Helmed by co-owners Sam White, Jerry Jaksich and Rayneli De Guzman, this perpetually packed Rockridge spot is highbrow ramen at its best. Though comparably pricey at $16 to $18 a bowl, its ingredients—which may include shoyu-marinated egg, blistered tomatoes, chanterelle mushrooms or summer squash—are uncommonly fresh. It's also one of the few ramen shops to make its own noodles, hand-rolled and cut in-house each day. It sounds like an affront to tradition, but the veggie Meyer lemon shoyu ramen, flavored by red miso and heaped with a salt-cured egg and seasonal ingredients, is the spot's most raved-over order. In August 2015, the restaurant took over the storefront next door, expanding its sleek concrete bar and its assortment of Japanese whiskeys and sour beers.
Choose from five kinds of ramen—and a selection of pork- or chicken-based broths—at this Japanese chain. The vibe is reassuringly hole-in-the-wall, and the Tokushima-style ramen is legit, served with toppings like sweet corn, bamboo shoots, green onions, kikurage mushroom, nori, raw pasteurized egg and braised, simmered or stir-fried pork. The hearty, slightly thicker-than-usual noodles are served slightly firm and soften slowly in the milky, creamy broth.
This Instagram-worthy Mission eatery is a prime setting for date-night ramen. The bar, aglow with hundreds of paper lanterns, serves up a list of inventive sake cocktails. (Even the bathroom is rather sexy, dark and teeming with jungle-like topiary.) There are several broths to choose from, including tonkotsu, miso, shoyu and shio. There's even a vegan ramen, which includes vegan broth and noodles heaped with a slew of vegetables. The specialty, though, is the tonkotsu pork ramen, in which a rich pork marrow broth is topped with chashu braised pork, nori, a soft-boiled egg, seasonal vegetables and chewy noodles made from imported Hokkaido flour. It's garnished with pickled ginger and scallions, a welcome touch to undercut the heat.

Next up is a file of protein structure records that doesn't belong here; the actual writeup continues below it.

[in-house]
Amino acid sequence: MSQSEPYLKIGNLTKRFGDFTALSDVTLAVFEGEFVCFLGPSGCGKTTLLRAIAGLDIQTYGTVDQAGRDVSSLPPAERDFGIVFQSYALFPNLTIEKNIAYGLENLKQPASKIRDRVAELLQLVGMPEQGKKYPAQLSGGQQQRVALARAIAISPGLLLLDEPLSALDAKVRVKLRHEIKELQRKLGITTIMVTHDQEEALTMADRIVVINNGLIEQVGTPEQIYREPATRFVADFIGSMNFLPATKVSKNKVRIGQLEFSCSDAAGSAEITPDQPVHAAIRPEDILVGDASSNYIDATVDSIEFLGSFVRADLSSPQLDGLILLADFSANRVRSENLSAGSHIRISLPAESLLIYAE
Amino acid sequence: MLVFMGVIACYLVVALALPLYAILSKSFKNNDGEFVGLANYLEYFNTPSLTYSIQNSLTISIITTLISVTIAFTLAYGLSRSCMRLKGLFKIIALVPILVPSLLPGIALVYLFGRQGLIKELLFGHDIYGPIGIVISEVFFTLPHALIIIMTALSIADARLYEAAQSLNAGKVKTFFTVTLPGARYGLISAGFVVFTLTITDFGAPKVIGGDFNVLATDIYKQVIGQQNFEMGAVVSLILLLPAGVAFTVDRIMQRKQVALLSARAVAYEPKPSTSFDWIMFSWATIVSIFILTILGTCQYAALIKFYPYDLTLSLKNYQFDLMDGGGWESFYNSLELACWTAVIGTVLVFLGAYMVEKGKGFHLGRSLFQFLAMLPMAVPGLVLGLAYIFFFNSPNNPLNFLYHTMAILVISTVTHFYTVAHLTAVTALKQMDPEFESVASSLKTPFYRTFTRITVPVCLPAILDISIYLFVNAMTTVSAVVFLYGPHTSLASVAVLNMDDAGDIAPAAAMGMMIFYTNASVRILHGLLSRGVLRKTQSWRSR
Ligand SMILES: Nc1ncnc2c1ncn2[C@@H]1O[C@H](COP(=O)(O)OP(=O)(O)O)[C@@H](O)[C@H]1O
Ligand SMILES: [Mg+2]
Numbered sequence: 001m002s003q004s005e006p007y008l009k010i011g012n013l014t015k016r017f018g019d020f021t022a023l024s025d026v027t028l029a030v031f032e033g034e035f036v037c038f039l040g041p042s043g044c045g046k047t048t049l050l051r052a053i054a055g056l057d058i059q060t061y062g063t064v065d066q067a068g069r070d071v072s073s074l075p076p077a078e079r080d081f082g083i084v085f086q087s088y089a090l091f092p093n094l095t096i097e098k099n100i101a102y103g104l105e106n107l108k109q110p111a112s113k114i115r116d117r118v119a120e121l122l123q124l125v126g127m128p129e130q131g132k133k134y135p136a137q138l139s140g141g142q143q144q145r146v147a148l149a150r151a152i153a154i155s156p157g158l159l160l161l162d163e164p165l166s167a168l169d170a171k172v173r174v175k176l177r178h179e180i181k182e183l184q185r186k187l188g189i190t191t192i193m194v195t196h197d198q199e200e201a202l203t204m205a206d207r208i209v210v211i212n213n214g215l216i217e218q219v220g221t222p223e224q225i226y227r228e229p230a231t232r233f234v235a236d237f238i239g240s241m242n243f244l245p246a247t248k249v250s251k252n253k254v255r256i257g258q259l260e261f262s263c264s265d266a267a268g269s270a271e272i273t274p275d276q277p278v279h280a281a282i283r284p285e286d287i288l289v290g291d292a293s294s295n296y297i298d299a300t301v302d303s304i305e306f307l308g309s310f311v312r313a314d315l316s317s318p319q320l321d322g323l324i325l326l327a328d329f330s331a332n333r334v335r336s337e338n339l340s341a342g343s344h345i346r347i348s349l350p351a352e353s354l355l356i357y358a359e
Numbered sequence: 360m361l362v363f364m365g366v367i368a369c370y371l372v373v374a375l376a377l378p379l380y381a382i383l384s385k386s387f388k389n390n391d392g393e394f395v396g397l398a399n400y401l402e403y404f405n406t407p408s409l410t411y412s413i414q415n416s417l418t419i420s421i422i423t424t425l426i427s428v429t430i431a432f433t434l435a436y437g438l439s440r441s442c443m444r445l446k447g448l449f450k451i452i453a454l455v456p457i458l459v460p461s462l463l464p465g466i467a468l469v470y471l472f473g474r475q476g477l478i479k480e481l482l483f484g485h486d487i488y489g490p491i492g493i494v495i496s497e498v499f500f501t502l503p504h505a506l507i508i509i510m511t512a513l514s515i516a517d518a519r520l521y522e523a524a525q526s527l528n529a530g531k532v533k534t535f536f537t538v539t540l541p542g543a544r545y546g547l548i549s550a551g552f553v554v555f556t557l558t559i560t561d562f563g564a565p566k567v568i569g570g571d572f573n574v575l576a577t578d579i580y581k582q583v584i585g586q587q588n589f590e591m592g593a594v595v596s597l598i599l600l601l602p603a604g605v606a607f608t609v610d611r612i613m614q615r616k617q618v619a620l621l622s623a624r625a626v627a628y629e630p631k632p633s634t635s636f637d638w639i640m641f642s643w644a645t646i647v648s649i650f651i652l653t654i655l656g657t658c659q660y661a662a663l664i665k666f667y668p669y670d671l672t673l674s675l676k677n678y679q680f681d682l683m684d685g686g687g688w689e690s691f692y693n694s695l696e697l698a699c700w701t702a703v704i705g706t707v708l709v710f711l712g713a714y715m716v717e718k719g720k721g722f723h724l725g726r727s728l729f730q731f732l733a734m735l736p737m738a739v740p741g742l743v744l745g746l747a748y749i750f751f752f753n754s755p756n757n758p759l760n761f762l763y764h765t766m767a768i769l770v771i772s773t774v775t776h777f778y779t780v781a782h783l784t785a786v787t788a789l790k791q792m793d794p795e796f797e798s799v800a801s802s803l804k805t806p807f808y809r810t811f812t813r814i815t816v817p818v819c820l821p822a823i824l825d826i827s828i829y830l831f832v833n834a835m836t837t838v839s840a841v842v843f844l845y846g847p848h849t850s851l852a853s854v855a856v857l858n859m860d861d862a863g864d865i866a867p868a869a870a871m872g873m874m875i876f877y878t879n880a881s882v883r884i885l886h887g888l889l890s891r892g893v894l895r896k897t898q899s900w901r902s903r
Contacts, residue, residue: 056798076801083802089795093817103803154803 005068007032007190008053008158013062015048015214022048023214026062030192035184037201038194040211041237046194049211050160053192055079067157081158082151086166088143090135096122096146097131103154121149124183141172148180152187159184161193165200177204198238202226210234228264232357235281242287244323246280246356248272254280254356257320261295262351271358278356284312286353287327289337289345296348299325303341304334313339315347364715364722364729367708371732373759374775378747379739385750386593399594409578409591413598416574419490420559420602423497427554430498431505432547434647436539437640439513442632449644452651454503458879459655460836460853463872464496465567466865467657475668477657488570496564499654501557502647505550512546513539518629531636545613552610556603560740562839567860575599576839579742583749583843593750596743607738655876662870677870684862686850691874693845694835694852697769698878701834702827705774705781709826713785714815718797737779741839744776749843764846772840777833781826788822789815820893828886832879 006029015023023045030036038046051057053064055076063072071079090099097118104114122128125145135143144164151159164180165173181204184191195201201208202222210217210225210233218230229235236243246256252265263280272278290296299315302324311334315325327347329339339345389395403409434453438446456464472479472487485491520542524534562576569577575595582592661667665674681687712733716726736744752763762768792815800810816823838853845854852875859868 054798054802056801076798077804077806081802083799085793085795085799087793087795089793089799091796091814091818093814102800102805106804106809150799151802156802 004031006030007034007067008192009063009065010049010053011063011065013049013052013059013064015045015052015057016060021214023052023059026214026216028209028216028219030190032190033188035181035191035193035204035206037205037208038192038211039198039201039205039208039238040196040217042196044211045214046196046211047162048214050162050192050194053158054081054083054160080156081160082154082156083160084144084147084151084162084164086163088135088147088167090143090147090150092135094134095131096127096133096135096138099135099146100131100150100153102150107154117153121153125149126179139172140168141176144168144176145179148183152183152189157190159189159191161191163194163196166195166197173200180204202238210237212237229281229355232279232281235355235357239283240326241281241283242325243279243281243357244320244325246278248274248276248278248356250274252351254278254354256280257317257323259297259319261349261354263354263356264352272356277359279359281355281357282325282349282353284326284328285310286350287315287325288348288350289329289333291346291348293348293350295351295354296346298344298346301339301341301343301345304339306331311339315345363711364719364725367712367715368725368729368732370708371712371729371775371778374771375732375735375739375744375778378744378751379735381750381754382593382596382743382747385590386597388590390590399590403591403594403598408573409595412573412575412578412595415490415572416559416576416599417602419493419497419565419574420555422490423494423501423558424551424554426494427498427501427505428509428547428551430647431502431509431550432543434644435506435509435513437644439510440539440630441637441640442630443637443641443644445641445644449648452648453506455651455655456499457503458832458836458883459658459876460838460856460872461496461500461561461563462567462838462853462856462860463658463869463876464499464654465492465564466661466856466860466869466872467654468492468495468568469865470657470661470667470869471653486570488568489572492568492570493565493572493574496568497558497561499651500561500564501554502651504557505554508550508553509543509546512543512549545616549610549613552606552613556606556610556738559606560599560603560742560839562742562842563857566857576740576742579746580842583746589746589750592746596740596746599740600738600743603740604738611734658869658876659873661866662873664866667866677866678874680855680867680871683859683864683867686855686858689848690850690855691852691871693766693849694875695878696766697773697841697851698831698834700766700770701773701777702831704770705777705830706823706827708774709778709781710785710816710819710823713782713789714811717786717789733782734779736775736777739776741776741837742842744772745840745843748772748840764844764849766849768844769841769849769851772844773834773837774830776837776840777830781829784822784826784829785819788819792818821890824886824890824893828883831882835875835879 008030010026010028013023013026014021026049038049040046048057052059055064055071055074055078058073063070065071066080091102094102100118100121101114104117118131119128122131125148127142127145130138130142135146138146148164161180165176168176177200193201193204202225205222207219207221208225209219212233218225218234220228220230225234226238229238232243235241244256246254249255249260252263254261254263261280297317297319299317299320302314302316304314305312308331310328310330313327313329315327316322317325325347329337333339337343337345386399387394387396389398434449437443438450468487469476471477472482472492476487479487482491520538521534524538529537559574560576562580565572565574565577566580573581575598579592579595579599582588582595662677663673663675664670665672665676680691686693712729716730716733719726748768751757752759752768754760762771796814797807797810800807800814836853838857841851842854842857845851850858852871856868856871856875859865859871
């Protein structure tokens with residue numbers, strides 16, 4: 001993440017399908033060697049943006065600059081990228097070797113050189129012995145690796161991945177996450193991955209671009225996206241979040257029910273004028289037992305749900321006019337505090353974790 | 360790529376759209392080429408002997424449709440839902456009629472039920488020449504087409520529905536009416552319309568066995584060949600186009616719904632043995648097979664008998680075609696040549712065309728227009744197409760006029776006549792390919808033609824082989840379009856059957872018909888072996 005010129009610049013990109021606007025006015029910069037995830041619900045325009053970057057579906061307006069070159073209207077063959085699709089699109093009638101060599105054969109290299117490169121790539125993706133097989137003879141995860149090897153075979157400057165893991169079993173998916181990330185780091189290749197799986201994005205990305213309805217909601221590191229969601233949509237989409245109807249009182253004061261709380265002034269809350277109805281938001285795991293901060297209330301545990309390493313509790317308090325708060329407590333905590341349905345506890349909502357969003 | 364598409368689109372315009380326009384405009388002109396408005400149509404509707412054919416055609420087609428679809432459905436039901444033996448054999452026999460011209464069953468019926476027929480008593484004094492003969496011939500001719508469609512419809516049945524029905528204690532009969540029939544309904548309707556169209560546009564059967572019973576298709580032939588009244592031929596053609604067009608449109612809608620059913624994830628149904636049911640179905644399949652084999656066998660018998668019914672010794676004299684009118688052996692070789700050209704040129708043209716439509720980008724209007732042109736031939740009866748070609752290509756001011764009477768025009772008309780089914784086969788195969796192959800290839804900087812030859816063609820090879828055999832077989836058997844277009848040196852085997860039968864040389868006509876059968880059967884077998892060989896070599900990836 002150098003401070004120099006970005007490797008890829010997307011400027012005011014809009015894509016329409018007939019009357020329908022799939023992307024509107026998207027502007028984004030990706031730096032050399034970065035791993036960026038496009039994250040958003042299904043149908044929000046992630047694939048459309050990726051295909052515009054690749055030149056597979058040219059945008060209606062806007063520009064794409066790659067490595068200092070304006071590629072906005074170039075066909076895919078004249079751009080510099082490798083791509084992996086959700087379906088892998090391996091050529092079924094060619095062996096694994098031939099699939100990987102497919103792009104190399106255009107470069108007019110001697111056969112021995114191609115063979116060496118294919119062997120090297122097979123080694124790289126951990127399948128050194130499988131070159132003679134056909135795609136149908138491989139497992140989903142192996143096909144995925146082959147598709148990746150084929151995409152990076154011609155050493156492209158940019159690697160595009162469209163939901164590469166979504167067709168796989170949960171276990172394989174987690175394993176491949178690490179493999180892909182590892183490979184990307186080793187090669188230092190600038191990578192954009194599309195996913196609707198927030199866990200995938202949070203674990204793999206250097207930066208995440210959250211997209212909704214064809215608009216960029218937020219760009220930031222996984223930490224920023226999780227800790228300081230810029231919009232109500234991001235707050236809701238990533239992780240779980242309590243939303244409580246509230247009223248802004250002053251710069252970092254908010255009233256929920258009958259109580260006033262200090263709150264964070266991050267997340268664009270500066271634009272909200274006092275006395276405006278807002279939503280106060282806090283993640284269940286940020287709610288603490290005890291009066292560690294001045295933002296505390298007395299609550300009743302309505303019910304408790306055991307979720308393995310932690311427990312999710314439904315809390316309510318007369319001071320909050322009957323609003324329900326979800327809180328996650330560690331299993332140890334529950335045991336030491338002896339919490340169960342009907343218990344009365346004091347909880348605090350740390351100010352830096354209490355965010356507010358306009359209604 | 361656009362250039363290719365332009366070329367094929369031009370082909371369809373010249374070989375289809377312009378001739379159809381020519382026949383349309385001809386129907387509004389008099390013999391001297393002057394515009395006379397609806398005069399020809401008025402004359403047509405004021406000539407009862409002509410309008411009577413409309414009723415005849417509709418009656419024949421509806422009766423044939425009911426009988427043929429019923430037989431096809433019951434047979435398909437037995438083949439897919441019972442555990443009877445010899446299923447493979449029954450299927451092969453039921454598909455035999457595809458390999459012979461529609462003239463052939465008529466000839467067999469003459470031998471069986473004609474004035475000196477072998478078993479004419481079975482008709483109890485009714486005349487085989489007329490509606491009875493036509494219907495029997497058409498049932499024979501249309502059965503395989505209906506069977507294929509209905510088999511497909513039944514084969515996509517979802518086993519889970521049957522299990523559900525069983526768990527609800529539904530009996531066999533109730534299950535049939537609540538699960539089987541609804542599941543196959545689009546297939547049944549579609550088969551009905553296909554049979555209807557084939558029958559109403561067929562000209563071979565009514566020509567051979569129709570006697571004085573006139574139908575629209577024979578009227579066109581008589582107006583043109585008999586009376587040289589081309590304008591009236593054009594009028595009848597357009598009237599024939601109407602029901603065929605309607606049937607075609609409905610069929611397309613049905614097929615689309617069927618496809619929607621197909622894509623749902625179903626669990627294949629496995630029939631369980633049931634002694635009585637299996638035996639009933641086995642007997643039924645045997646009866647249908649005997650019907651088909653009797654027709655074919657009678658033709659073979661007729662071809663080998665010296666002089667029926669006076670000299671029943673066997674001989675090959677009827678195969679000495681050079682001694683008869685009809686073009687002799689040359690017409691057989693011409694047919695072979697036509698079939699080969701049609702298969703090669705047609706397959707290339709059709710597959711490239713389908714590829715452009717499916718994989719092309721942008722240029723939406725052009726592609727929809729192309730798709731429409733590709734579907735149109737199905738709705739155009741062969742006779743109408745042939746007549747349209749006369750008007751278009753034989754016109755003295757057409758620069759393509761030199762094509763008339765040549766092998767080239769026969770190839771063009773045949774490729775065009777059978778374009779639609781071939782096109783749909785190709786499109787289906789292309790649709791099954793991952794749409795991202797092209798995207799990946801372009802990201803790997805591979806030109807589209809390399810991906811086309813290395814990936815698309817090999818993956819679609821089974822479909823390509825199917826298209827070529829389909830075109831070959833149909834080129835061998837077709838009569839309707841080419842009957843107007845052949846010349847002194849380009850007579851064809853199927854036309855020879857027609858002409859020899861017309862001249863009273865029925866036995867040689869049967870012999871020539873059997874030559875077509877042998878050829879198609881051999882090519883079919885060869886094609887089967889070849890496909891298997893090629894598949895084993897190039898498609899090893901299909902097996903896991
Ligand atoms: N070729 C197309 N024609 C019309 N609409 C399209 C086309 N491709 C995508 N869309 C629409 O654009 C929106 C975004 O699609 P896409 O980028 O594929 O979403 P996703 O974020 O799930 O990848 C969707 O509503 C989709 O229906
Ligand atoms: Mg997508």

This tiny mom and pop spot only seats around two dozen, lending an intimate, hidden-gem quality. Tables are divided by screens and flags are strung overhead. There's a wide variety of choices on the menu, including six chicken- and pork-based broths—shoyu, miso, sio, spicy miso, garlic shoyu, and garlic miso. (You'll also find three vegetarian alternatives, topped with onion, carrot, zucchini, Chinese cabbage, and broccoli.) Order the pork belly, then pile on extras like corn, butter, green onion, egg, and bamboo shoots.
Iza, a beloved, weekend-only pop-up since 2013, is expanding into its own space at 237 Fillmore in October 2015. The former's polished concrete floors, wood-slatted ceiling and long bar are a welcome change of pace from hole-in-the-wall ramen joints, and the new restaurant maintains a sleek design. Crowds line up for the silky triple-stock broth, afloat with slow-cooked barbecue pork belly, generous noodles, a soy-marinated soft egg and seasonal vegetables. Try the Tsukemen, a slightly thicker, mouth-watering base made for dipping, rather than soaking, your noodles.